Do you get the feeling that casting a vote has become a huge chore this year? Although voting used to be a routine task, conducted at leisure in a local precinct, this year it has been beset by troubles.
–long lines for in-person voting
–social distancing regulations
–lack of polling places
— slow mail delivery
–suspicious observers at the polls
Is it worth taking the time to vote?
Two centuries ago, when our first voting systems were set up, officials tried to make it easy for people. A November election was convenient because the harvest would have been completed, but the worst of winter would not yet have arrived. And all the voting and counting would be finished before the new year began.
Times have changed. For most people Tuesday is an inconvenient time to vote. Unlike colonial farmers who set their own calendars, most people today work Monday to Friday. But many states cling to an outmoded history and have not changed to reflect the way people live in the 21st century.
Some state and local government officials are not trying to make voting more convenient or easier for citizens. They are trying to make it more difficult. Many seem intent on preventing people from voting. But there are ways to get around this.
You only need to vote in the races you care about. Be sure to vote for one of the candidates for President. That’s the vote that counts most.
For Senators and Representatives, you should normally vote for candidates who will support your presidential choice. That’s the way work gets done in Washington.
You don’t need to vote every line on the ballot. If you don’t recognize the names of the people running for the school board, just leave them blank.
If you live in a state that asks you to make a choice on a long list of ballot measures, skip the ones you don’t know or care about. Let elected officials make those complicated decisions. That’s what they get paid for.
THERE IS NOT MUCH TIME LEFT—VOTE FOR THE DECISIONS THAT ARE IMPORTANT TO YOU AND DO IT NOW!
Almost all of the news comments on the Democrats’ debates held this past week mentioned that for the first time women were a prominent part of the lineup. Ever since Samuel Johnson made his famous quip about women preaching in public, “Sir, a woman’s preaching is like a dog’s walking on his hind legs. It is not done well; but you are surprised to find it done at all” women have had to prove themselves worthy of speaking out in public settings.
all, it was more than a century after the establishment of the United States
that a woman was first elected to Congress. That was Jeannette Rankin, who was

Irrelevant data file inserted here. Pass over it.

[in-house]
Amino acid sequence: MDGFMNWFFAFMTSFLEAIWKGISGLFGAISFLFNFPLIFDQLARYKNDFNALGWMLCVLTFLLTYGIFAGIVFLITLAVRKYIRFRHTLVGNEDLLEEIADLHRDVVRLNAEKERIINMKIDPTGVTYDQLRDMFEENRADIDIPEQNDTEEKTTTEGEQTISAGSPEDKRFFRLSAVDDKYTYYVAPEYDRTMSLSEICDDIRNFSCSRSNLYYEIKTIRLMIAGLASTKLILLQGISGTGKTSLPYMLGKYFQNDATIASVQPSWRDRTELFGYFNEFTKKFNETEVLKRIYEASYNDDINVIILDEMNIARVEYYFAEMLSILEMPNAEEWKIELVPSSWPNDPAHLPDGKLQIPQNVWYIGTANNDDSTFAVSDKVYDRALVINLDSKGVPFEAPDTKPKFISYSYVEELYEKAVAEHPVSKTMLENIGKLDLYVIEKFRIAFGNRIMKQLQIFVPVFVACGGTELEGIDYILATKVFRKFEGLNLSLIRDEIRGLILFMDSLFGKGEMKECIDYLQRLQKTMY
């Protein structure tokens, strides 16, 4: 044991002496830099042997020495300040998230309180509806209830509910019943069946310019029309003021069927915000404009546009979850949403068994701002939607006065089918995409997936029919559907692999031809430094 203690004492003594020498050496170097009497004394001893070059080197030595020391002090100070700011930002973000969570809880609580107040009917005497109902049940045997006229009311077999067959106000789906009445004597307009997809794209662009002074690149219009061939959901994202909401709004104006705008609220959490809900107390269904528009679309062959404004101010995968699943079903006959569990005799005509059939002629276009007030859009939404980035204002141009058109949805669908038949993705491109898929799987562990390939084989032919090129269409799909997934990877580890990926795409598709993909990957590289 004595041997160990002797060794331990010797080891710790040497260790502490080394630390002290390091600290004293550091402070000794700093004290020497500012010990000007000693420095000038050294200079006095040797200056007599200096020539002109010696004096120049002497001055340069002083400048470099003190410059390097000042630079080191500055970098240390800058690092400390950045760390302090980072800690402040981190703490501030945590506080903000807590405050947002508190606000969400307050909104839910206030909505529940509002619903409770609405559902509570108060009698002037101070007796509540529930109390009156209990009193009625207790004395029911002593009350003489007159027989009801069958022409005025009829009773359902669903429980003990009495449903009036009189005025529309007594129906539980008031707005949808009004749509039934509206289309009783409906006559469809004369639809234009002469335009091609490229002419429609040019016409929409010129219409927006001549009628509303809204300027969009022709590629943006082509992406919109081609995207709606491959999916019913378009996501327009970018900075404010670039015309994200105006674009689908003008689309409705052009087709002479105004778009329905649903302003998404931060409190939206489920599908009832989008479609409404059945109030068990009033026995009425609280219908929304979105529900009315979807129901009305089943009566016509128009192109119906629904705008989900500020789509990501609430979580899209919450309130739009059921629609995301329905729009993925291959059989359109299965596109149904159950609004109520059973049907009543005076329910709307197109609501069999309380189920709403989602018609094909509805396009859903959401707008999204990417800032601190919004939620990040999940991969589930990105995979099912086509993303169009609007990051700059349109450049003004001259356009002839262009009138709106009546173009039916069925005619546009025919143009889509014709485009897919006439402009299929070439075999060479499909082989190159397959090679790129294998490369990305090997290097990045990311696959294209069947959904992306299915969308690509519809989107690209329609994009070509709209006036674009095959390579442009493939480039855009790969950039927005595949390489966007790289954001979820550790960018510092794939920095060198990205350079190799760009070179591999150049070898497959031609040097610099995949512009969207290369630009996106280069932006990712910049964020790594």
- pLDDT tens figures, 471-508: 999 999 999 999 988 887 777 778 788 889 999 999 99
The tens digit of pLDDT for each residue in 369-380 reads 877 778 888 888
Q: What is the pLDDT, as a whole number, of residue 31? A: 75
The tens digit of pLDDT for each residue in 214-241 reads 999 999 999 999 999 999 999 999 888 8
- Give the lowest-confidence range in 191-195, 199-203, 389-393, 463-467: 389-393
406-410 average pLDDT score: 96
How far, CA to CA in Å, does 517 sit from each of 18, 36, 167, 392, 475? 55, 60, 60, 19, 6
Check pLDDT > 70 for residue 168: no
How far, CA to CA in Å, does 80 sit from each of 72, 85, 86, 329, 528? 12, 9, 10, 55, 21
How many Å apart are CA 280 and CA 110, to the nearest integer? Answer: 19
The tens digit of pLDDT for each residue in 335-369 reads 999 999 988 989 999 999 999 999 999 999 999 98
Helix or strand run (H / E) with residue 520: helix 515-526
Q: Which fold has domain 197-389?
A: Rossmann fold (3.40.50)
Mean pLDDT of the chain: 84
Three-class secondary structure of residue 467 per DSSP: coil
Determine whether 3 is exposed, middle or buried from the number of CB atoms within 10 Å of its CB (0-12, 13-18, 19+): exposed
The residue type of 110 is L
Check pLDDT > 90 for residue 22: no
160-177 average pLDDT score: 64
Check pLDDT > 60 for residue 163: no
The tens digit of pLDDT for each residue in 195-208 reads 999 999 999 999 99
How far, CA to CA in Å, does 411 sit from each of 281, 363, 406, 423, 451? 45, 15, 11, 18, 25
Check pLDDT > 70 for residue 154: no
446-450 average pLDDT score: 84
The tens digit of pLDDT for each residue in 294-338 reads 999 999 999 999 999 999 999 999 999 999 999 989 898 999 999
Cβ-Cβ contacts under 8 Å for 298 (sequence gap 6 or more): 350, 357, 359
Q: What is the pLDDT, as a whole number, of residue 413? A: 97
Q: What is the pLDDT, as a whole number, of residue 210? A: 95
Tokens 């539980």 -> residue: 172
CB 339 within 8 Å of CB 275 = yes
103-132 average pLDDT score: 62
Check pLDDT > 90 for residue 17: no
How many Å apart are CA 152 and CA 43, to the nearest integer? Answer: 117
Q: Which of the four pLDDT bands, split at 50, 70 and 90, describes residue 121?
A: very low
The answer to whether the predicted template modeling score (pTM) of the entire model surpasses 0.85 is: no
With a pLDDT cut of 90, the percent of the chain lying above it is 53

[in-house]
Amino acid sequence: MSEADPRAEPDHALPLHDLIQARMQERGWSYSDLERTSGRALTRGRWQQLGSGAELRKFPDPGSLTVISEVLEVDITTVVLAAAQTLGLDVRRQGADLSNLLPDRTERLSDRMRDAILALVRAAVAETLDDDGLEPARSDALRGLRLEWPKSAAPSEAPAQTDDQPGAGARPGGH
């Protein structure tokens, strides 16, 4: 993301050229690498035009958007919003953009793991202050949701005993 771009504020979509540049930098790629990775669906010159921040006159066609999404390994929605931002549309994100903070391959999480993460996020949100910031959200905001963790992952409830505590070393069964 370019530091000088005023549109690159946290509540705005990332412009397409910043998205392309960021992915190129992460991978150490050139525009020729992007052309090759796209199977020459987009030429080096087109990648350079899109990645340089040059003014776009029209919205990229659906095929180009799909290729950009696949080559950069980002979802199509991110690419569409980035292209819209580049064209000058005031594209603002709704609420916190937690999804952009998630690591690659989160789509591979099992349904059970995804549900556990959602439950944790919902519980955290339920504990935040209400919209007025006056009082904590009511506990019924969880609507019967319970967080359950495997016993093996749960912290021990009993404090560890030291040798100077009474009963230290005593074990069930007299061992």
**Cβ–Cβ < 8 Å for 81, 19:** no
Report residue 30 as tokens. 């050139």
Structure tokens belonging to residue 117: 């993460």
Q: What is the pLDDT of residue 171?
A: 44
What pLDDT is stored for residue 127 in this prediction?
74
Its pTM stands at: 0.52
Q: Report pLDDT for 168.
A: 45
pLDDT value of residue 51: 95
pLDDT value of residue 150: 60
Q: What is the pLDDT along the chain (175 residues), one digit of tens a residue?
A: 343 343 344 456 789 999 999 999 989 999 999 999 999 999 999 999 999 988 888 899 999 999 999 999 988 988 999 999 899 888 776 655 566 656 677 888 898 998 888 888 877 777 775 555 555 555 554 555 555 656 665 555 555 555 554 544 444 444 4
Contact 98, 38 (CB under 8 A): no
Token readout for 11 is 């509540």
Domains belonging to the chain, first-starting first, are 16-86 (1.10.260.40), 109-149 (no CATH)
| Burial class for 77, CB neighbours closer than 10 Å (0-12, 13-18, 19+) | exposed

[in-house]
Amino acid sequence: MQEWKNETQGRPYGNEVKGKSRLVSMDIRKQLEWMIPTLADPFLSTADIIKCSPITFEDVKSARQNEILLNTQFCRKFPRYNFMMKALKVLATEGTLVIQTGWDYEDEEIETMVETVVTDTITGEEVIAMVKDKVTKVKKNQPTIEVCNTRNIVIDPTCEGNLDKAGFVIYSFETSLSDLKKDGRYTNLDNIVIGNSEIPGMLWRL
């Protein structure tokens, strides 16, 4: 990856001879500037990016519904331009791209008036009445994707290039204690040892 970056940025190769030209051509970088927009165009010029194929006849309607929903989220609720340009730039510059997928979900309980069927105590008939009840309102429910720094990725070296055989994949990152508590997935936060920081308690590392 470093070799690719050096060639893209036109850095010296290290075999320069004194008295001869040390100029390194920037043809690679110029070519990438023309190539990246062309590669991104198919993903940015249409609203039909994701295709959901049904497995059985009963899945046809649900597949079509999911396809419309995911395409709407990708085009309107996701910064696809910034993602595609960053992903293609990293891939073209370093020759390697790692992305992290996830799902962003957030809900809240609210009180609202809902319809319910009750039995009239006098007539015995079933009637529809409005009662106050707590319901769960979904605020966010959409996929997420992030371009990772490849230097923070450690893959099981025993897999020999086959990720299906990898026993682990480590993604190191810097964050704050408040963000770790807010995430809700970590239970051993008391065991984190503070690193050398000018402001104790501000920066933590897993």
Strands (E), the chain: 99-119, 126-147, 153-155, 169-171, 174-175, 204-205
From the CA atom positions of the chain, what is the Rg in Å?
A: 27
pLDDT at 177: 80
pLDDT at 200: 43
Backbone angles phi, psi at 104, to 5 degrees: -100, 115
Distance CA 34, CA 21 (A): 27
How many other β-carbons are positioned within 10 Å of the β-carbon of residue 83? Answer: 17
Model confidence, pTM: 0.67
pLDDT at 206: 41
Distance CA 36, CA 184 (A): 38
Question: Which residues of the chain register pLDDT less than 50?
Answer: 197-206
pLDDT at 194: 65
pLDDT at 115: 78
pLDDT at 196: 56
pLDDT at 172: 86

elected from Montana in 1913. Rankin had become a public figure by her work in
the women’s suffrage movement. Before running for Congress, she had been the
first woman to speak before the Montana state legislature. There she urged that
women should be allowed to vote. She succeeded in getting the vote for Montana
women and moved on to fight for a national vote on suffrage.
had been fighting for the right to vote since 1848 and it was through the
struggle to win that right that many women became accustomed to speaking in
public and making their voices heard. They had many years of struggle, because
it wasn’t until 1920 that the Women’s Suffrage amendment was finally ratified.
Women have served
in Congress now for more than 100 years, but their move into power positions
has been very slow. It’s hard to believe that in 1984, it was considered daring
for the Democrats to nominate Geraldine Ferraro as their vice-presidential
candidate. She was the first woman to appear in national debates before the
election and her appearance was a welcome change for many voters, although of
course, her team did not win the presidency.
debates, however, showed a distinct change in the power structure of the
debates. Many of the male candidates thought their best way to win attention
(and potentially votes) was to interrupt as often as possible and take over the
argument. But on Thursday night they were put in their place by Kamela Harris
who had one of the most-quoted lines of the debate, “The American people don’t want to watch a food fight. They want us to
put food on the table.” And a few minutes later she made a stinging attack
on Joe Biden—no one interrupted her then.
And Harris wasn’t
the only woman who raised the level of the debates. Elizabeth Warren, during
the first debate, stuck to her points and talked substance instead of yelling
and interrupting. And we can’t forget Amy Klobucher who quietly mentioned that
the three women on the debate stage had far longer records than the men in
fighting for reproductive rights for all women.
There is no
question that women today are ready to speak out about national policies.
Perhaps the more relevant question today is: are men ready to engage with them
on a level that will benefit all of us?
In her speech to the Harvard University graduating class this week, Angela Merkel urged a cautious optimism: “I experienced firsthand how nothing has to stay the way it is,” she said. “This experience, dear graduates, is the first thought I wish to share with you: Anything that seems set in stone or inalterable can indeed change.”
She went on to list some of the problems the youthful
graduates might want to change: “Protectionism and trade conflicts jeopardize
free international trade and thus the very foundations of our prosperity,” she
said. “Wars and terrorism lead to displacement and forced migration. Climate
change poses a threat to our planet’s natural resources.”
Angela Markel’s common sense optimism, as well as her acknowledgement of the difficulties facing the world today grow out of her life experience. Born in 1954, she was raised in East Germany during the difficult years when the Soviets controlled that nation. In university she studied science and did not engage in public life. It wasn’t until the fall of the Soviet Union and the reunification of Germany that she was drawn to political life. Few people would have predicted she would become a leader. But, improbable or not, this quiet woman made her way past the bombastic male leaders of the party and eventually emerged as the leader.